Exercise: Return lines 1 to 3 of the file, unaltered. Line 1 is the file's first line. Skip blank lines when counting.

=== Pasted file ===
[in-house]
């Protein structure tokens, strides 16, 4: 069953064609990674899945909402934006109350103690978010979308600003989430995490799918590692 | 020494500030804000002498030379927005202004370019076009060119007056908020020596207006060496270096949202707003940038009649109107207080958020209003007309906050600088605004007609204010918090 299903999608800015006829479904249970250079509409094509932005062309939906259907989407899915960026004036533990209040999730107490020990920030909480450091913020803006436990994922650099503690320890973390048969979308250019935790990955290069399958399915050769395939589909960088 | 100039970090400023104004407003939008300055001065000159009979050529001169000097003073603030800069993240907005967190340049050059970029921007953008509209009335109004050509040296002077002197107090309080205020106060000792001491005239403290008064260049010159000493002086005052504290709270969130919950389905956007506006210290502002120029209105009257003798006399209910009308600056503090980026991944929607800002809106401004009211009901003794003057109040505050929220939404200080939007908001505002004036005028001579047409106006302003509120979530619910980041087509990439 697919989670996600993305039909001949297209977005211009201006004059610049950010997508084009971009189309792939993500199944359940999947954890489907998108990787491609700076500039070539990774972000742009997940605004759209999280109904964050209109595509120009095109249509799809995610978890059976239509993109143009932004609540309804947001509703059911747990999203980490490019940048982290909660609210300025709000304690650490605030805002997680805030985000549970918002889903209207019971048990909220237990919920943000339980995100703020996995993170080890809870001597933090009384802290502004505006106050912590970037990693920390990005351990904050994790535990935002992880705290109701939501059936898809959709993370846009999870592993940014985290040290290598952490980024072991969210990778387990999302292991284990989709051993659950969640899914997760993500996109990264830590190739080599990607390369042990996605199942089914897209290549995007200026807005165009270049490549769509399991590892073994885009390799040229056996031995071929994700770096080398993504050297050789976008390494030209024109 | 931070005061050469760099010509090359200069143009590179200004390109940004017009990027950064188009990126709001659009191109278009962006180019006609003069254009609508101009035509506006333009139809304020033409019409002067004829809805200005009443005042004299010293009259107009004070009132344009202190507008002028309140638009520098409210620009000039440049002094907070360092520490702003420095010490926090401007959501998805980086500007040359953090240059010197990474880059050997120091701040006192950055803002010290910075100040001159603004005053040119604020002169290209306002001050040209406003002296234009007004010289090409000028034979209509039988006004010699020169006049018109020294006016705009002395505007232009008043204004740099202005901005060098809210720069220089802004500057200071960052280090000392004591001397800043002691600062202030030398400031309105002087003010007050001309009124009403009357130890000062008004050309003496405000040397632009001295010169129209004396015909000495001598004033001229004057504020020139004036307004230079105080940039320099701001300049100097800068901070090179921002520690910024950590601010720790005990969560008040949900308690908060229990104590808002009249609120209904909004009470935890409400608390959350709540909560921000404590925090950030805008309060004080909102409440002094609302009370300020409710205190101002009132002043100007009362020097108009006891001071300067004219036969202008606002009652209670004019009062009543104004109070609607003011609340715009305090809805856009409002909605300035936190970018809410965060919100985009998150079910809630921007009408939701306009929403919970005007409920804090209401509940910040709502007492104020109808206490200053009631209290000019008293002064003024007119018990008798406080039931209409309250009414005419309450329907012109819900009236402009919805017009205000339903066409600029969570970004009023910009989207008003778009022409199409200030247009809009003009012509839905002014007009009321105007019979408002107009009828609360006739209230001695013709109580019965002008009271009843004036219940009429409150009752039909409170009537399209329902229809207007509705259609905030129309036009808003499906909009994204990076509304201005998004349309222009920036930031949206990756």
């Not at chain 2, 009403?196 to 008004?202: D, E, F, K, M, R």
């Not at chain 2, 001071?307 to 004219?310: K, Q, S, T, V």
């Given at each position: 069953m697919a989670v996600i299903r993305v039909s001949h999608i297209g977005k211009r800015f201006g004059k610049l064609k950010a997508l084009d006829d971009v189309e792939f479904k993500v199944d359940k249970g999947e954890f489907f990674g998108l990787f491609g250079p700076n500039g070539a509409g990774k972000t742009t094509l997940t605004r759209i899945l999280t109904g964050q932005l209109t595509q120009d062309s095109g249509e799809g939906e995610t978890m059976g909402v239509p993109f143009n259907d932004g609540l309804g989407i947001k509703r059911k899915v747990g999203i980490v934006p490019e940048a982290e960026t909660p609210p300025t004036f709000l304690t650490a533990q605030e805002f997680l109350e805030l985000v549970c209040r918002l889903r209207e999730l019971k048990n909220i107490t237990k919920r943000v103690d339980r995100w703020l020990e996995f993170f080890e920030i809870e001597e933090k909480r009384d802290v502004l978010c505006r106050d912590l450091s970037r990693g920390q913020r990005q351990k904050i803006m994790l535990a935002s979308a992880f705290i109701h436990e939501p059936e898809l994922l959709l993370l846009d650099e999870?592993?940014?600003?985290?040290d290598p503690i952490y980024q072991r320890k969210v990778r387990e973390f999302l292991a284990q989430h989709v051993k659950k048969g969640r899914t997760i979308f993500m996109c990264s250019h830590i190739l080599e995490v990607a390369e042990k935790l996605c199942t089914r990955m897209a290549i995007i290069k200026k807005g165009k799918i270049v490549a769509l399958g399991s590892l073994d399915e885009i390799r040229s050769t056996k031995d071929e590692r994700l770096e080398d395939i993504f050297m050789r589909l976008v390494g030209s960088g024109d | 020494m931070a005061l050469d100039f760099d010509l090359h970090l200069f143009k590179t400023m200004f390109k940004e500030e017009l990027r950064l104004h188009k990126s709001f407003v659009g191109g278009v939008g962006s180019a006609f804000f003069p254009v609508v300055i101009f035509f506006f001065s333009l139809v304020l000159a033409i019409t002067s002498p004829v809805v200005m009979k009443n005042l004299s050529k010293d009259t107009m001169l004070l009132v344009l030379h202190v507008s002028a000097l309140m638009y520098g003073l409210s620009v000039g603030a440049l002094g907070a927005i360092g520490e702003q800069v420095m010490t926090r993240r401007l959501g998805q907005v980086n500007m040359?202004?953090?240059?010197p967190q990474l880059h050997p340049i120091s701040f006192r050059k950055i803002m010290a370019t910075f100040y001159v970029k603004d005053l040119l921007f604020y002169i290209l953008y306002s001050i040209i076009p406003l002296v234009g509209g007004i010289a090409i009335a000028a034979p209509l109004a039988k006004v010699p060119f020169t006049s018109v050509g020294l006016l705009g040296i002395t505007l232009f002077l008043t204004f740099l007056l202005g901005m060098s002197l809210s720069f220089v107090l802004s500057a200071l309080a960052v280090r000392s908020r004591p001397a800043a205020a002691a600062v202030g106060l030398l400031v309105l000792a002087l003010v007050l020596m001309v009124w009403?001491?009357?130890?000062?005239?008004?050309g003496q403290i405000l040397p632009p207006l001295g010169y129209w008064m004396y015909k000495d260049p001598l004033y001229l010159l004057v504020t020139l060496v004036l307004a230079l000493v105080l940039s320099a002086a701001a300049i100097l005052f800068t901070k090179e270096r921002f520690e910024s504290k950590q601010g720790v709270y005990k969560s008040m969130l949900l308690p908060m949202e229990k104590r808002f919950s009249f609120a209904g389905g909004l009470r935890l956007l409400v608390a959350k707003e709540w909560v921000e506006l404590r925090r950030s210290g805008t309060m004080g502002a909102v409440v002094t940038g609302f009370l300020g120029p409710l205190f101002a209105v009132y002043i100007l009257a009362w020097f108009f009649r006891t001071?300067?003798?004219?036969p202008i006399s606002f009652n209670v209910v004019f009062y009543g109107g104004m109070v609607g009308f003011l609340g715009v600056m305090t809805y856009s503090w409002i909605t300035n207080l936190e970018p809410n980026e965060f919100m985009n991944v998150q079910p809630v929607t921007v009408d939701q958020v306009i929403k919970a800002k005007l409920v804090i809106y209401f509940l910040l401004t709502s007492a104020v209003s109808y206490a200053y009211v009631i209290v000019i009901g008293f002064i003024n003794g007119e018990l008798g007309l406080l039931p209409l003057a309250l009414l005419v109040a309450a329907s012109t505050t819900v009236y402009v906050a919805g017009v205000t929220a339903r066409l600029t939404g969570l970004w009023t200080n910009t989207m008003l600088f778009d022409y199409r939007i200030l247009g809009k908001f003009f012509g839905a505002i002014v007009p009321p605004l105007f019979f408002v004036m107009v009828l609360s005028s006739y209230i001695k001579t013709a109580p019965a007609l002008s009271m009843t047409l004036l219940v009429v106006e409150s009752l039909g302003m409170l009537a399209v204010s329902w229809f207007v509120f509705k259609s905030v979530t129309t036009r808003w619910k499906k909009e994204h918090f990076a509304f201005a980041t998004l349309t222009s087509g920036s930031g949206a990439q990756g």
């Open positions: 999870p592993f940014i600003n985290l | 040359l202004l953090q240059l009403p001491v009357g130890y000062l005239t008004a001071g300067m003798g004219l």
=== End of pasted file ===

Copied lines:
[in-house]
């Protein structure tokens, strides 16, 4: 069953064609990674899945909402934006109350103690978010979308600003989430995490799918590692 | 020494500030804000002498030379927005202004370019076009060119007056908020020596207006060496270096949202707003940038009649109107207080958020209003007309906050600088605004007609204010918090 299903999608800015006829479904249970250079509409094509932005062309939906259907989407899915960026004036533990209040999730107490020990920030909480450091913020803006436990994922650099503690320890973390048969979308250019935790990955290069399958399915050769395939589909960088 | 100039970090400023104004407003939008300055001065000159009979050529001169000097003073603030800069993240907005967190340049050059970029921007953008509209009335109004050509040296002077002197107090309080205020106060000792001491005239403290008064260049010159000493002086005052504290709270969130919950389905956007506006210290502002120029209105009257003798006399209910009308600056503090980026991944929607800002809106401004009211009901003794003057109040505050929220939404200080939007908001505002004036005028001579047409106006302003509120979530619910980041087509990439 697919989670996600993305039909001949297209977005211009201006004059610049950010997508084009971009189309792939993500199944359940999947954890489907998108990787491609700076500039070539990774972000742009997940605004759209999280109904964050209109595509120009095109249509799809995610978890059976239509993109143009932004609540309804947001509703059911747990999203980490490019940048982290909660609210300025709000304690650490605030805002997680805030985000549970918002889903209207019971048990909220237990919920943000339980995100703020996995993170080890809870001597933090009384802290502004505006106050912590970037990693920390990005351990904050994790535990935002992880705290109701939501059936898809959709993370846009999870592993940014985290040290290598952490980024072991969210990778387990999302292991284990989709051993659950969640899914997760993500996109990264830590190739080599990607390369042990996605199942089914897209290549995007200026807005165009270049490549769509399991590892073994885009390799040229056996031995071929994700770096080398993504050297050789976008390494030209024109 | 931070005061050469760099010509090359200069143009590179200004390109940004017009990027950064188009990126709001659009191109278009962006180019006609003069254009609508101009035509506006333009139809304020033409019409002067004829809805200005009443005042004299010293009259107009004070009132344009202190507008002028309140638009520098409210620009000039440049002094907070360092520490702003420095010490926090401007959501998805980086500007040359953090240059010197990474880059050997120091701040006192950055803002010290910075100040001159603004005053040119604020002169290209306002001050040209406003002296234009007004010289090409000028034979209509039988006004010699020169006049018109020294006016705009002395505007232009008043204004740099202005901005060098809210720069220089802004500057200071960052280090000392004591001397800043002691600062202030030398400031309105002087003010007050001309009124009403009357130890000062008004050309003496405000040397632009001295010169129209004396015909000495001598004033001229004057504020020139004036307004230079105080940039320099701001300049100097800068901070090179921002520690910024950590601010720790005990969560008040949900308690908060229990104590808002009249609120209904909004009470935890409400608390959350709540909560921000404590925090950030805008309060004080909102409440002094609302009370300020409710205190101002009132002043100007009362020097108009006891001071300067004219036969202008606002009652209670004019009062009543104004109070609607003011609340715009305090809805856009409002909605300035936190970018809410965060919100985009998150079910809630921007009408939701306009929403919970005007409920804090209401509940910040709502007492104020109808206490200053009631209290000019008293002064003024007119018990008798406080039931209409309250009414005419309450329907012109819900009236402009919805017009205000339903066409600029969570970004009023910009989207008003778009022409199409200030247009809009003009012509839905002014007009009321105007019979408002107009009828609360006739209230001695013709109580019965002008009271009843004036219940009429409150009752039909409170009537399209329902229809207007509705259609905030129309036009808003499906909009994204990076509304201005998004349309222009920036930031949206990756």
């Not at chain 2, 009403?196 to 008004?202: D, E, F, K, M, R």